How to enable Autonomous Threat Prevention in the Early Availability mode on Security Gateways R80.40?

Download packages from sk167109.

Manual Installation
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Note: First, install Check Point R80.40 GA.

  1. Download and install the Autonomous Threat Prevention package GOT_TPCONF on the Security Gateway / each Cluster Member:

    1. Copy the package to the Security Gateway / each Cluster Member and put it in a new folder (name it GW_PKG).

    2. Download the script and transfer it to the GW_PKG folder.

    3. Assign the permissions to the script:
      chmod +x

    4. In the GW_PKG folder, run this script:
      ./ --local $(pwd)

      When finished, the script shows 'Finished'.

  2. Install the required Autonomous Threat Prevention packages on the Management Server:

    1. Copy the packages to the Security Management Server and put them in a new folder (name it MGMT_PKG).

    2. Download the script and transfer it to the MGMT_PKG folder.

    3. On the Security Management Server, assign permissions to the script:
      chmod +x

    4. In the MGMT_PKG folder, run this script:
      ./ --local $(pwd)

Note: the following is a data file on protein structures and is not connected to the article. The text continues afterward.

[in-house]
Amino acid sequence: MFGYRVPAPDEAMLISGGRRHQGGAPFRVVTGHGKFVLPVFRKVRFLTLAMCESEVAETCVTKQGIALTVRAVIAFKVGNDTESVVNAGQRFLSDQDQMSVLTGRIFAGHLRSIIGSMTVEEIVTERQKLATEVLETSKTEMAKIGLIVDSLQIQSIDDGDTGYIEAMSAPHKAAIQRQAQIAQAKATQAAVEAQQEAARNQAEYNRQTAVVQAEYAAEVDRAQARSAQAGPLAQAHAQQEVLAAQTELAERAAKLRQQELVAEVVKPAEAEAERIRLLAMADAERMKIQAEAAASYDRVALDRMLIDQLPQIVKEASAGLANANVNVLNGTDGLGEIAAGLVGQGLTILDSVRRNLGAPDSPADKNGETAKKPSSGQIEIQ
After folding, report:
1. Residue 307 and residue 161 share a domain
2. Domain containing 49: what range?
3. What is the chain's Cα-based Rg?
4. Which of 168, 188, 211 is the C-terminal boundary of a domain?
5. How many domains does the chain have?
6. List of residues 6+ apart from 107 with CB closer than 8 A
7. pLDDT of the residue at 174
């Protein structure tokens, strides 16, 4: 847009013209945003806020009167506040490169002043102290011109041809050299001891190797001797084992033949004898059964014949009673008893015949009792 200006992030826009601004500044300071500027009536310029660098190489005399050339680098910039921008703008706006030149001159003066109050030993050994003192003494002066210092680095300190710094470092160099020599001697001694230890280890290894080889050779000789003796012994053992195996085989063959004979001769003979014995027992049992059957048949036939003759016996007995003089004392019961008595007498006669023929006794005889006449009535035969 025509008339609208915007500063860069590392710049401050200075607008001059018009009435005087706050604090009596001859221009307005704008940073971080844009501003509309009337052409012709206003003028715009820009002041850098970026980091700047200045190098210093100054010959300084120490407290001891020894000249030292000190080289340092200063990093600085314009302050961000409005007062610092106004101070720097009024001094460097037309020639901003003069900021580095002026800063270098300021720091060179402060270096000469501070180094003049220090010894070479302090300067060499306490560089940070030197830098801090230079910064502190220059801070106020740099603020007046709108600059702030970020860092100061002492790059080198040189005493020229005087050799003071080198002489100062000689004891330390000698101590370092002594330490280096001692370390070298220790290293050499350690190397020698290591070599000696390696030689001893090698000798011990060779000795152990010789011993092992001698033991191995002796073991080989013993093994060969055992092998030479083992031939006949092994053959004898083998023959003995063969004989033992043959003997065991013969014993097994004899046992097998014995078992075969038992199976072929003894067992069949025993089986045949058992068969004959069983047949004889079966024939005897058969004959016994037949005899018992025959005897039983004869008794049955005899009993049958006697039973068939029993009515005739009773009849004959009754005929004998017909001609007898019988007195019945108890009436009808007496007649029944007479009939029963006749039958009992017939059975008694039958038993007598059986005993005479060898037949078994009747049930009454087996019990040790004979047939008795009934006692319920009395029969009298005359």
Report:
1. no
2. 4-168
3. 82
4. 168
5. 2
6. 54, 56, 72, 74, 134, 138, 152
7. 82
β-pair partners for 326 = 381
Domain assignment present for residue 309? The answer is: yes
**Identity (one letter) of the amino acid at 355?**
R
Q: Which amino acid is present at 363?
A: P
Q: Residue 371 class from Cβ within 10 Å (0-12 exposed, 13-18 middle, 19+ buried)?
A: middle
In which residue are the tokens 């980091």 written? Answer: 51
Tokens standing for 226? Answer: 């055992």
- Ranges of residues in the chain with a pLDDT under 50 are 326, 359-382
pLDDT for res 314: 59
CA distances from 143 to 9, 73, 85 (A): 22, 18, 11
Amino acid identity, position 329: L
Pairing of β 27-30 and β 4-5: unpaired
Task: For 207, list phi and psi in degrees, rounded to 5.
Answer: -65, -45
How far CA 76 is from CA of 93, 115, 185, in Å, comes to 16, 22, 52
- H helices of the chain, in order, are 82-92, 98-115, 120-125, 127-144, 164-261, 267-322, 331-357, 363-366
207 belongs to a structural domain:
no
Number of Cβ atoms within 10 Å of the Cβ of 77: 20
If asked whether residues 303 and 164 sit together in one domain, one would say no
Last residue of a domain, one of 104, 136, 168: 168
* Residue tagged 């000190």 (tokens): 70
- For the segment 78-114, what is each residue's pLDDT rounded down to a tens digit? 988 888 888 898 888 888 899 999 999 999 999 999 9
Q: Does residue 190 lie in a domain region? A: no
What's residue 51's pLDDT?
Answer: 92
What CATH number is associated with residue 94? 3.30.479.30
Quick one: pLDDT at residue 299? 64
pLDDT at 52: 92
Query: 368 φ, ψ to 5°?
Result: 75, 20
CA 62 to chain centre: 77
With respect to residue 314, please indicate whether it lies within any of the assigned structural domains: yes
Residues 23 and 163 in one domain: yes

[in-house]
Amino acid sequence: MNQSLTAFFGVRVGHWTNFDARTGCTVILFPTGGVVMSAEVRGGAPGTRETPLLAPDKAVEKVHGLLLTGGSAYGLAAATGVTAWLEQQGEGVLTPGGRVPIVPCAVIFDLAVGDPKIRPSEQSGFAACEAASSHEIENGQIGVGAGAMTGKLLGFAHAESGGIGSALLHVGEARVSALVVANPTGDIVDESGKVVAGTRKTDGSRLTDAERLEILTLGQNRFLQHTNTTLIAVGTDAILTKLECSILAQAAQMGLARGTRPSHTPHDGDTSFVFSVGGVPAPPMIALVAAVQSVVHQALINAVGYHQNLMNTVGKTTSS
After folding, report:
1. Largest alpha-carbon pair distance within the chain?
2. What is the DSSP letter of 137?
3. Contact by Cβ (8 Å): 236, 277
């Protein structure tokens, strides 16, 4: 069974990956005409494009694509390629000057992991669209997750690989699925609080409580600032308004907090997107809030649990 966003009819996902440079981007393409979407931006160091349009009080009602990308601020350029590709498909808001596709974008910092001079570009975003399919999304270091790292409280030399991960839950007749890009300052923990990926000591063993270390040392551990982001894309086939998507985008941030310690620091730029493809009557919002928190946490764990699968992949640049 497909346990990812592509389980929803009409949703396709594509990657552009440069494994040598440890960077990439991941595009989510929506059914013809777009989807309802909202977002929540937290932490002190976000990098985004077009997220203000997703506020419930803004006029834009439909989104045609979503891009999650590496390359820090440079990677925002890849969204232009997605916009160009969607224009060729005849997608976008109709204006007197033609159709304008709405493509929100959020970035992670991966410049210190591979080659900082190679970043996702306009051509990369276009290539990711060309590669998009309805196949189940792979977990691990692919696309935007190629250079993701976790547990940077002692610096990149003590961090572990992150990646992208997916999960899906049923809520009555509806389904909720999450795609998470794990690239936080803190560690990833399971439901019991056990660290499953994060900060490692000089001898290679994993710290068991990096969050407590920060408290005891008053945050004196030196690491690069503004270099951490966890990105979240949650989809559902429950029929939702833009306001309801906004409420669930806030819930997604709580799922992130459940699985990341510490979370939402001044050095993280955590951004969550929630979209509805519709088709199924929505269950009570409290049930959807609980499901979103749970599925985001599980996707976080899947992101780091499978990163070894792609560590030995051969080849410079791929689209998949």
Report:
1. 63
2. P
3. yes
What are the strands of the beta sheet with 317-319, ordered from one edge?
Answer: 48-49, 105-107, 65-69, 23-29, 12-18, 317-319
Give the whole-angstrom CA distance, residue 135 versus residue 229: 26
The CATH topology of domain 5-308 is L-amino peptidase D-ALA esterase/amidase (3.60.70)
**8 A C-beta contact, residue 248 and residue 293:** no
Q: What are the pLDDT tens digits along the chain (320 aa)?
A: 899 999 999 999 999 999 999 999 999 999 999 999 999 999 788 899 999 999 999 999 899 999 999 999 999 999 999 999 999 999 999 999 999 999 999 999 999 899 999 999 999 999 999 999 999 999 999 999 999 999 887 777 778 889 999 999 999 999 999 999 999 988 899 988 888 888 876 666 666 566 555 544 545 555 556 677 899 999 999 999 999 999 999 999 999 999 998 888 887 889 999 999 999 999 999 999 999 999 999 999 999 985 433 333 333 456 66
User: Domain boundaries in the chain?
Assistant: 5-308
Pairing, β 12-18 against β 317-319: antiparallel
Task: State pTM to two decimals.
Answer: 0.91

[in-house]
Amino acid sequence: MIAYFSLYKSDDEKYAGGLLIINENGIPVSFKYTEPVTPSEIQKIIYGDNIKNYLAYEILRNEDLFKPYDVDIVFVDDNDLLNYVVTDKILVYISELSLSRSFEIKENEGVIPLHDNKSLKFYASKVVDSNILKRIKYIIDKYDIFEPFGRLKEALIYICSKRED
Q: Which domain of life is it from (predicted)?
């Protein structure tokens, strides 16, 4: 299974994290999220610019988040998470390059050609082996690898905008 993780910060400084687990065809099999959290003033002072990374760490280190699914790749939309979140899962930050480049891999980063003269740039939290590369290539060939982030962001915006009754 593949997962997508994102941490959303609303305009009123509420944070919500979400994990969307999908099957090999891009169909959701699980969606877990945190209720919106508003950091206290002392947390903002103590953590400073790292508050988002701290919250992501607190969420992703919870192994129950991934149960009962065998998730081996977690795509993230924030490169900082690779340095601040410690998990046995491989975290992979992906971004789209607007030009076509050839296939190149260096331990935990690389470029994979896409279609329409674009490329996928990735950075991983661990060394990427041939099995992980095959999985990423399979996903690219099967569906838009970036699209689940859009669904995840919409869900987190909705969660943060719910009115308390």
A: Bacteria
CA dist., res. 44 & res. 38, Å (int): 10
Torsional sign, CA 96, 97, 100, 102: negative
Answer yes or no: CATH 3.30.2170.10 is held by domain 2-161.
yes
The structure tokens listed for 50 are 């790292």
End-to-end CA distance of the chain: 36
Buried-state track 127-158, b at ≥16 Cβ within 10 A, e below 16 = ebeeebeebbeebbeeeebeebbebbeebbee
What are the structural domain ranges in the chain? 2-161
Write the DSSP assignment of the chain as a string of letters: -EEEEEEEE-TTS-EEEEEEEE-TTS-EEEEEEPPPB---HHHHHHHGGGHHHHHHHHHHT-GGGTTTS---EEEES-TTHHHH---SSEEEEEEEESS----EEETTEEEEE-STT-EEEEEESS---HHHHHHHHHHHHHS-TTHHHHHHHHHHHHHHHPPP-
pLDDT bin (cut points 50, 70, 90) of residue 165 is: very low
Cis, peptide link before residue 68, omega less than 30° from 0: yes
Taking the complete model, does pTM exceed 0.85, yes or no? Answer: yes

When finished, the script shows 'Finished' and a list of the installed packages.

    5. In SmartConsole, in the Threat Prevention profile, you will see Autonomous Threat Prevention.

  3. Enable the Autonomous Threat Prevention in the applicable Security Gateway / Cluster object:

    1. In SmartConsole, go to Gateways & Servers, double-click the Security Gateway / Cluster object.

    2. Go to the Threat Prevention pane (right-lower section of the window) and select Autonomous Threat Prevention.

    3. Click OK.

  4. Create an Autonomous Threat Prevention policy (if you already have a Threat Prevention policy package, skip to Step 5):

    1. In SmartConsole, go to the main Menu and select Manage policies and layers.

    2. The Manage policies and layers window opens.

    3. Click New - the New Policy window opens.

    4. Enter a name for the policy package.

    5. On the General page > Policy types section, select Threat Prevention (you can select more policy types if required).

    6. Click OK.
    7. In SmartConsole, go to Security Policies > Autonomous Threat Prevention > Policy.

    8. From the drop-down list of the pre-defined profiles, select the required profile.

    9. Click OK.

  5. Install the Autonomous Threat Prevention policy:

    1. In SmartConsole, click Install policy.

    2. Select Threat Prevention.

    3. Select the applicable Security Gateway / Cluster object.

      Note: The Autonomous Threat Prevention policy will be installed on Security Gateways with Infinity Threat Prevention enabled. Security Gateways without Infinity Threat Prevention enabled will receive the Custom (Traditional) Threat Prevention Policy.

    4. Click Install.

    5. Verify the policy is enforced - download a malicious file through the Security Gateway. Security Gateway must block this download and generate a corresponding log.